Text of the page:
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Teaching Activities 2018/2019  

Doctoral School in Philosophy and Human Sciences

Teaching Activities 2018/2019

November 2018

- Science, Technology and Gender (Reading Group)
This reading group on Science, Technology and Gender will explore the many complex relationships between gender, science, and technology. We will look at gender in science (i.e. the many ways in which gender has been conceptualised in the sciences) and at historical examples of gendered science (i.e. the influence of the gender politics of the broader society into the organisation of science). The articles discussed will be drawn from the history of science and technology, the sociology of science, feminist science studies; in the final two meetings we will consider some of the contemporary developments in the field of Sscience and Technology Studies.
Convener: Valentina Marcheselli
10 hours, 2 CFU
To register
, contact giampietro.gobo@unimi.it

- Philosophy and/as/of literature
The course will provide a solid, useful grounding in the central topics, trying to keep the two terminal points, philosophy and literature, always in contact with each other, and in such a way that they engage each other clearly, concretely, precisely, and humanely. Here questions arise concerning whether philosophy can be reduced to a kind or special genre of literature, what philosophical content may resist any such attempted reduction, what literature might show that philosophy can only say, and the distinctive self-transformative philosophical role that literature might play; furthermore, our emotional engagement with, and responses to, narrative fiction; the nature of literary language, narrative, point of view, truth in literature generally and poetry in particular; and last but not least, the “future of writing” (V. Flusser) in a world saturated by a culture highly dependent on media.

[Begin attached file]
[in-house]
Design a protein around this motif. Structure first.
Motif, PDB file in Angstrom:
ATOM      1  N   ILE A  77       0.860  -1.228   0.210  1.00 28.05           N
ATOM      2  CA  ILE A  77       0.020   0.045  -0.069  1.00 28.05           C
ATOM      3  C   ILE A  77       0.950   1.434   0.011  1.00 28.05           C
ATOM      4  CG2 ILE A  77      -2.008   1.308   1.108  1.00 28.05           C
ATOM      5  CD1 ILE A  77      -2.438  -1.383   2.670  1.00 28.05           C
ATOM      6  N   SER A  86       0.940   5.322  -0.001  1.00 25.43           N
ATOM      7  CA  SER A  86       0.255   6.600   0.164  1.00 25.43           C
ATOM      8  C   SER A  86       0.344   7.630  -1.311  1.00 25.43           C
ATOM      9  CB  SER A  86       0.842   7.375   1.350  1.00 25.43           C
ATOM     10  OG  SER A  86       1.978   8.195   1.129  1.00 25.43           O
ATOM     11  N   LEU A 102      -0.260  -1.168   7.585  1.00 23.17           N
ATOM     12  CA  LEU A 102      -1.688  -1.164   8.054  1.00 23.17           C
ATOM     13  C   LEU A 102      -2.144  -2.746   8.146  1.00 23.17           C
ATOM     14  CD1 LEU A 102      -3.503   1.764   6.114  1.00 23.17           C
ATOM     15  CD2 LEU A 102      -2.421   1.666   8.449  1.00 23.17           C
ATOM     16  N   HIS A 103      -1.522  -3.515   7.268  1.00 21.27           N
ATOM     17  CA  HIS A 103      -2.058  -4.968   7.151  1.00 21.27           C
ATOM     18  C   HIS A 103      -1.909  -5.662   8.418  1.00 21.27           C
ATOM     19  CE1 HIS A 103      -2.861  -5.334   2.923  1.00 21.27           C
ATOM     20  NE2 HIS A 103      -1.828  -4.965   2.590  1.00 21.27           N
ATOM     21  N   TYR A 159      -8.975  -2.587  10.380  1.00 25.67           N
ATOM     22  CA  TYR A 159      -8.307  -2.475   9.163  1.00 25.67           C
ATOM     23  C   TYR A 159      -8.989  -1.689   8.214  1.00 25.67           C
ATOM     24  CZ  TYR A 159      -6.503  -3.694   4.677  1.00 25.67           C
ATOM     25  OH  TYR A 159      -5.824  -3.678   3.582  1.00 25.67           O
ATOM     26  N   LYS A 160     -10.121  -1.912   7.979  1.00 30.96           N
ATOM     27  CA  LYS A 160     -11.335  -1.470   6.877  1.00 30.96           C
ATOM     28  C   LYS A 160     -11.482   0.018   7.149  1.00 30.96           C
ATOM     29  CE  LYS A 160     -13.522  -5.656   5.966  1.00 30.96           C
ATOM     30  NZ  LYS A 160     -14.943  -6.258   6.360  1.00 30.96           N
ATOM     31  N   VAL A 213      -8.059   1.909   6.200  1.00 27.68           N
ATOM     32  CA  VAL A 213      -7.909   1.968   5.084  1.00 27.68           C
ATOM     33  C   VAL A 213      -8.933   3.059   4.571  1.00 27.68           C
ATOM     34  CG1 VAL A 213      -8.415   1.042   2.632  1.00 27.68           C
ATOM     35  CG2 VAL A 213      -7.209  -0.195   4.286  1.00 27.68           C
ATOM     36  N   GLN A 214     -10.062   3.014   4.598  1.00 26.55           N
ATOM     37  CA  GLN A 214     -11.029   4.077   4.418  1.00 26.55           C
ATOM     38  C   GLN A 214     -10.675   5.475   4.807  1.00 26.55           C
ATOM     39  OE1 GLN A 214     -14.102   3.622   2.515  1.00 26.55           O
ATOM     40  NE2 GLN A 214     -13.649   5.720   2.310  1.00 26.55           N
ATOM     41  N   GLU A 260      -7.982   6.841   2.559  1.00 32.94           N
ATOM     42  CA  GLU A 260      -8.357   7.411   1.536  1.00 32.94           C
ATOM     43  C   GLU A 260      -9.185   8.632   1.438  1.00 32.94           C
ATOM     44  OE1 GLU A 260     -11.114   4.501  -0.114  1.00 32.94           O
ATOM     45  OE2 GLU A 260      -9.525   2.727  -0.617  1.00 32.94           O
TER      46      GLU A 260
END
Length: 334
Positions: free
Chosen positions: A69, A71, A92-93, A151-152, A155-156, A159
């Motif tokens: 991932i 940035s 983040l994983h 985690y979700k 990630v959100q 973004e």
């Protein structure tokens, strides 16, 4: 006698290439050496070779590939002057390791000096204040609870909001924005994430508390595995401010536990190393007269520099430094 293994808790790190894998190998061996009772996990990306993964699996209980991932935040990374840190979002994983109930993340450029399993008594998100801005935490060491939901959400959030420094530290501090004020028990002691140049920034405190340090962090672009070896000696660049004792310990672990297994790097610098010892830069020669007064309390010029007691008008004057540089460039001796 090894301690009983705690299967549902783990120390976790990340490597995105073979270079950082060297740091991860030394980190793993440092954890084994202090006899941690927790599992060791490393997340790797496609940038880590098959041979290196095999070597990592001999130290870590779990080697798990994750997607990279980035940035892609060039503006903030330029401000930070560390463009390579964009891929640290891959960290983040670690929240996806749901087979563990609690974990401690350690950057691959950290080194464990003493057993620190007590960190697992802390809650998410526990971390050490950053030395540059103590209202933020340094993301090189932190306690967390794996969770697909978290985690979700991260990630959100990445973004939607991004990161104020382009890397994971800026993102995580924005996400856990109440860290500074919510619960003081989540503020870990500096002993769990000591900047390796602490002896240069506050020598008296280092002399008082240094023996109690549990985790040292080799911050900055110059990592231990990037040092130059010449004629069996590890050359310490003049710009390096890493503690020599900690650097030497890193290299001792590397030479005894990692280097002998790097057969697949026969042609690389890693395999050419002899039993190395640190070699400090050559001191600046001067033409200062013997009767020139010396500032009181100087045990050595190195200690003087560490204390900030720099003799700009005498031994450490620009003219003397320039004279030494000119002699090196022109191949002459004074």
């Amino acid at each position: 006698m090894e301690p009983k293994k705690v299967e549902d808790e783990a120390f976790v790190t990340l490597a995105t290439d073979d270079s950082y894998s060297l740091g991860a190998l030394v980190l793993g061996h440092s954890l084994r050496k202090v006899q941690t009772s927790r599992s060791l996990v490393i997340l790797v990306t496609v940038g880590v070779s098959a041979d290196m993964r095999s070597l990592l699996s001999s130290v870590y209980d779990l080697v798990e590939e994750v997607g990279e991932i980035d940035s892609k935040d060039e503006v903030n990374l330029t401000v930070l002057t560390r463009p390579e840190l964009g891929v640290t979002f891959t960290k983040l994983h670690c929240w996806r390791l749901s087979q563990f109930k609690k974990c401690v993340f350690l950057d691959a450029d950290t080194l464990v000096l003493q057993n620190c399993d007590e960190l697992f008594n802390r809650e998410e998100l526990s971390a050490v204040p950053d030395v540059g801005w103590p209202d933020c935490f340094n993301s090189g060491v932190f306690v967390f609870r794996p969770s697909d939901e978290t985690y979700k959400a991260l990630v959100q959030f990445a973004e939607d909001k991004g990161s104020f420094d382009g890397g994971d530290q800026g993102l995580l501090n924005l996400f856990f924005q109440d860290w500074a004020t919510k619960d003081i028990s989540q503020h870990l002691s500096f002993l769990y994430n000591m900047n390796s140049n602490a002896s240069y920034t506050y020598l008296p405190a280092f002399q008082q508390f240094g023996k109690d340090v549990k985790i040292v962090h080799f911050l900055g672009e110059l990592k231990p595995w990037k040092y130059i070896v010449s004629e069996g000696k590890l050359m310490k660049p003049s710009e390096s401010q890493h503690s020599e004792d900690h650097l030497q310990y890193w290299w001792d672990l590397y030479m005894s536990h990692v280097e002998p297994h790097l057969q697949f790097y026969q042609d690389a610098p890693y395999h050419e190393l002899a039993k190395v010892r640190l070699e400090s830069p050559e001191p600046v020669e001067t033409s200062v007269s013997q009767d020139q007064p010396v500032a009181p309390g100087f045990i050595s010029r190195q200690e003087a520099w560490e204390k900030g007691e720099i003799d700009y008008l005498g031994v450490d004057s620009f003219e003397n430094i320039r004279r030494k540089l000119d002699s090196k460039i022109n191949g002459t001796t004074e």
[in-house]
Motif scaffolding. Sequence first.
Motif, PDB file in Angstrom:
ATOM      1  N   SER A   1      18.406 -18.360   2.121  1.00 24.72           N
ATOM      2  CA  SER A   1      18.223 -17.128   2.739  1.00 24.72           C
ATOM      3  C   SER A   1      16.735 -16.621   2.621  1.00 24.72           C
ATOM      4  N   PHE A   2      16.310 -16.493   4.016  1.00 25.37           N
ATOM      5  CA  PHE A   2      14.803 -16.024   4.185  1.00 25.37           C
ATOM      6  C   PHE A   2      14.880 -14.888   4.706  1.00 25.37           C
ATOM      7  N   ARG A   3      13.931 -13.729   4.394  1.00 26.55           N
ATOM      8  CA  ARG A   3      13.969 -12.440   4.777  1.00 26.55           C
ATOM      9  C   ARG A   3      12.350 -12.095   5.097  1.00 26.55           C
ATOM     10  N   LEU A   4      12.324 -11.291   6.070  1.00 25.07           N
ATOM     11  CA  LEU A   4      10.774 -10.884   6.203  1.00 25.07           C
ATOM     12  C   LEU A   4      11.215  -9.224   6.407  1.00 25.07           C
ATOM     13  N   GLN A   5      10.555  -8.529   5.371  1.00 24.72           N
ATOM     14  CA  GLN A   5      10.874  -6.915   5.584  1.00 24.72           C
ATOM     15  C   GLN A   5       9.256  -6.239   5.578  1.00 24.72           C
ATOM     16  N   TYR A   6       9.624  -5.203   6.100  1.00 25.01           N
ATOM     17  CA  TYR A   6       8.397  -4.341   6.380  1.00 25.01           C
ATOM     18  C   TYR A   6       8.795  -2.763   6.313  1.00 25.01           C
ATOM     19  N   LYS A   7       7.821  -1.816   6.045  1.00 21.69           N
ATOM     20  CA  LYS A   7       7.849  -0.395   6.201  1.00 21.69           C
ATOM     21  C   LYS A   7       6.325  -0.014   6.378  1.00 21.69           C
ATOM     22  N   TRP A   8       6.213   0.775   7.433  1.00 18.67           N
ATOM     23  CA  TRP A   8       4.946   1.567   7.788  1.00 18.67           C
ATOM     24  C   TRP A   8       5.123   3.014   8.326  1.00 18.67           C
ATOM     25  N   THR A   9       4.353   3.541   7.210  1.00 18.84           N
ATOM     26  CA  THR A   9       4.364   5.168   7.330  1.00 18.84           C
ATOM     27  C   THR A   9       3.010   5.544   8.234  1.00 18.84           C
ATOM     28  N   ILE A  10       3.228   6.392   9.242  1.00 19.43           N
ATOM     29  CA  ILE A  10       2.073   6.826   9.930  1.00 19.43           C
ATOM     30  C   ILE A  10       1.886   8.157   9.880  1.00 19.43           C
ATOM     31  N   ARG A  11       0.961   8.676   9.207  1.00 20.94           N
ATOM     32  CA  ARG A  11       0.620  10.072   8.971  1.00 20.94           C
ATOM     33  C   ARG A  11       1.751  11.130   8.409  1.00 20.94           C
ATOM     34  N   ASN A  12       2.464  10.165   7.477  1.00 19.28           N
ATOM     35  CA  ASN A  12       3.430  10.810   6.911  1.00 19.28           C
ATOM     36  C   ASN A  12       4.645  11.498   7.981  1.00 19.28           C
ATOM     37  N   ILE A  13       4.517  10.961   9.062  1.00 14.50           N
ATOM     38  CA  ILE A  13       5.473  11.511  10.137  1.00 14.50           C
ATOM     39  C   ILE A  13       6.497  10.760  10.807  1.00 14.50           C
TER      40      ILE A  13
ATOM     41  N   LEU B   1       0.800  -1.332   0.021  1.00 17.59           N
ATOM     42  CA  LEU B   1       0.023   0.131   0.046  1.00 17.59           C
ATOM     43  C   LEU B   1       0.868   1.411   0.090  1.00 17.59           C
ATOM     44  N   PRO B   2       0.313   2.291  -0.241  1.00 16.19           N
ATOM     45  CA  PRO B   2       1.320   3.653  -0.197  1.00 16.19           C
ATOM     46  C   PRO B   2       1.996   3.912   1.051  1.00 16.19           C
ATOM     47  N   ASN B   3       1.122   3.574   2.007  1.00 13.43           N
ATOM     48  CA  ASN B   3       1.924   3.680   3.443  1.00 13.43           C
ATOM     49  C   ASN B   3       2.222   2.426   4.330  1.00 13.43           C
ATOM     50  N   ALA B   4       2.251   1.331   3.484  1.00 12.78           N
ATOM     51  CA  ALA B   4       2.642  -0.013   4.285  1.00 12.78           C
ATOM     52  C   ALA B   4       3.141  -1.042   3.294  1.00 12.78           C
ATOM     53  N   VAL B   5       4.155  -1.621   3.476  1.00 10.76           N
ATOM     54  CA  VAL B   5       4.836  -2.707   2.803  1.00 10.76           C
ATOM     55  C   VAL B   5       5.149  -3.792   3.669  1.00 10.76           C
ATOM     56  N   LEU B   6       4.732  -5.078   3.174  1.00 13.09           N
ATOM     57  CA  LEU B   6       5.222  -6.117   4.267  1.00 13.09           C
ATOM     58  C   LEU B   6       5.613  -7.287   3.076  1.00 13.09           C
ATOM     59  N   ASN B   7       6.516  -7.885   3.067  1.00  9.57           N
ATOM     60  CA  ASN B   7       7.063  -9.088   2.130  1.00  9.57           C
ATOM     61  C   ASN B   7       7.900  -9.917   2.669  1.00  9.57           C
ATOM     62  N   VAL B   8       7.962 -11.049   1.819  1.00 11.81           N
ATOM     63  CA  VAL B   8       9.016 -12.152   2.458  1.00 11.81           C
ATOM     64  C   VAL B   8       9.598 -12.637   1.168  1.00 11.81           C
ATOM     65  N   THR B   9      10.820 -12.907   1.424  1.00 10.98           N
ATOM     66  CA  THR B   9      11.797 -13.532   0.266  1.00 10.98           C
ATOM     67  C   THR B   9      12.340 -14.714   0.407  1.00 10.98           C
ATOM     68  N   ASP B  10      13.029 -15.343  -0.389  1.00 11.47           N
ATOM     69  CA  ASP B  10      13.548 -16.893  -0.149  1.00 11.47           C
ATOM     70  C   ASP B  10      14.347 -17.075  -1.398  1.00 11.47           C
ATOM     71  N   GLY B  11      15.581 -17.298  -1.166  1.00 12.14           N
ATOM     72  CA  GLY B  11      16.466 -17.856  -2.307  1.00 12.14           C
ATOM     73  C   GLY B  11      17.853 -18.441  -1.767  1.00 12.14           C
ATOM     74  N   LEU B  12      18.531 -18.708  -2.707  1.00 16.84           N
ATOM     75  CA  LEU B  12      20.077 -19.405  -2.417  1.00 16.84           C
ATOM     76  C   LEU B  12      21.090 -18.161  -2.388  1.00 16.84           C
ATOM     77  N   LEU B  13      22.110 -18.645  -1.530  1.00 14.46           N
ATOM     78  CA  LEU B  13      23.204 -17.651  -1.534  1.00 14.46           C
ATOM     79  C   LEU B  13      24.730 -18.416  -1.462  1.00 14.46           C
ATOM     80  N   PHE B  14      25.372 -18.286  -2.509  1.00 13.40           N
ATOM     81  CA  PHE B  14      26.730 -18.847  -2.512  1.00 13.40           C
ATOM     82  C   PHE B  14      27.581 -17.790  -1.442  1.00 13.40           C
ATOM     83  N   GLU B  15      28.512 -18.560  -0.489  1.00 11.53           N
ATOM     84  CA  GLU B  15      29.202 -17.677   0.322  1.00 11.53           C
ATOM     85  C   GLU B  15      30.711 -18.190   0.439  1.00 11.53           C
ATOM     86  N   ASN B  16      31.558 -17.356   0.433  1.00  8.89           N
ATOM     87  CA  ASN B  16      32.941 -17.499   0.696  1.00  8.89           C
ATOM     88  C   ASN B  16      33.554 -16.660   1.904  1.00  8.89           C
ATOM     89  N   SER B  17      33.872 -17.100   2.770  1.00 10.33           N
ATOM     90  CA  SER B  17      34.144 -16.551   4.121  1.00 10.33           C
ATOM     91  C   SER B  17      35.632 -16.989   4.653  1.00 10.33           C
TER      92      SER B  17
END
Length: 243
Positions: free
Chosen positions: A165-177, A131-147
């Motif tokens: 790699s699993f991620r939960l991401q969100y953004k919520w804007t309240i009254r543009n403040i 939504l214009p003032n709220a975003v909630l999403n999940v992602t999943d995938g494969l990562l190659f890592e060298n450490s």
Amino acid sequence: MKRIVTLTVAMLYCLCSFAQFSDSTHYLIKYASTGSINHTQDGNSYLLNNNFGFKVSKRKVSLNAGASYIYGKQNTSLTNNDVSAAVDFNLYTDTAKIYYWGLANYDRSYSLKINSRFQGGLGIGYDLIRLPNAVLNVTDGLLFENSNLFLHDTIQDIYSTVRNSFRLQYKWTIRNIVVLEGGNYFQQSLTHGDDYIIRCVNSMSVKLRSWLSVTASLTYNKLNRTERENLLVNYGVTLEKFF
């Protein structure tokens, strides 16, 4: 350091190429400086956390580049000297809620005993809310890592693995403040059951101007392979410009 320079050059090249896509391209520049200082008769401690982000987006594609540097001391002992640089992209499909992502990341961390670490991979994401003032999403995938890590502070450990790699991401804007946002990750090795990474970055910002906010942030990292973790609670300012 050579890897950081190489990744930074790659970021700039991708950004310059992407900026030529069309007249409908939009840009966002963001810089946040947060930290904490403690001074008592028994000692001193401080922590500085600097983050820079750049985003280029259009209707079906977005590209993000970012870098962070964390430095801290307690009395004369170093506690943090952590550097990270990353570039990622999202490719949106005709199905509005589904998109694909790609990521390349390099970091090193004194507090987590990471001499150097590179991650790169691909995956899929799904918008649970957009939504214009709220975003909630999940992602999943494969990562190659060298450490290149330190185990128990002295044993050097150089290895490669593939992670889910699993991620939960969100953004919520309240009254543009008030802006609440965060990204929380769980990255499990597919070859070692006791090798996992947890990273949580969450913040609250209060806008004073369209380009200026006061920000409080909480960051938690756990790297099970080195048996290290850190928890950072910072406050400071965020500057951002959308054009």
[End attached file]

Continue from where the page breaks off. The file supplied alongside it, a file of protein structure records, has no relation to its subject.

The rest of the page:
Lecturer: Paola Letizia Ester Bozzi
10 hours, 2 CFU
Language:
English
To register, contact: paola.bozzi@unimi.it

December 2018

- Time and Experience (Course)
A short class for PhD. Students.
In recent years there has been a resurgence of interest amongst philosophers and psychologists both in how temporally extended experience should be understood. There are good reasons for such a focus. If the nature of conscious perception is to be understood, temporality certainly cannot be ignored: we not only experience the world in timewhat is perceived differs from moment to moment– but also, at least apparently, have experiences oftime, in that we see leaves fall or traffic lights change, and feel the present as constantly slipping into the past.
The objective of this course is to provide students with a thorough grounding in contemporary debates on time and experience. Areas of focus will include: how the experience of time as passing should be characterised, what it is to perceive change and movement, whether such properties can be depicted, and the temporal structure of non–visual perceptual modalities.
Lecturer: Nick Young (nickyoung1@gmail.com)
10 hours, 2 CFU
Language: English
To register, contact: giuliano.torrengo@unimi.it
Dates:
3rd – 7th December
Times: 14.00 – 16.00
Location: University of Milan, Via Festa del Perdono, 7, I-20122 Milano, Italy

- Inclusi ed esclusi. La cittadinanza dall'età antica all'età contemporanea (Reading Group)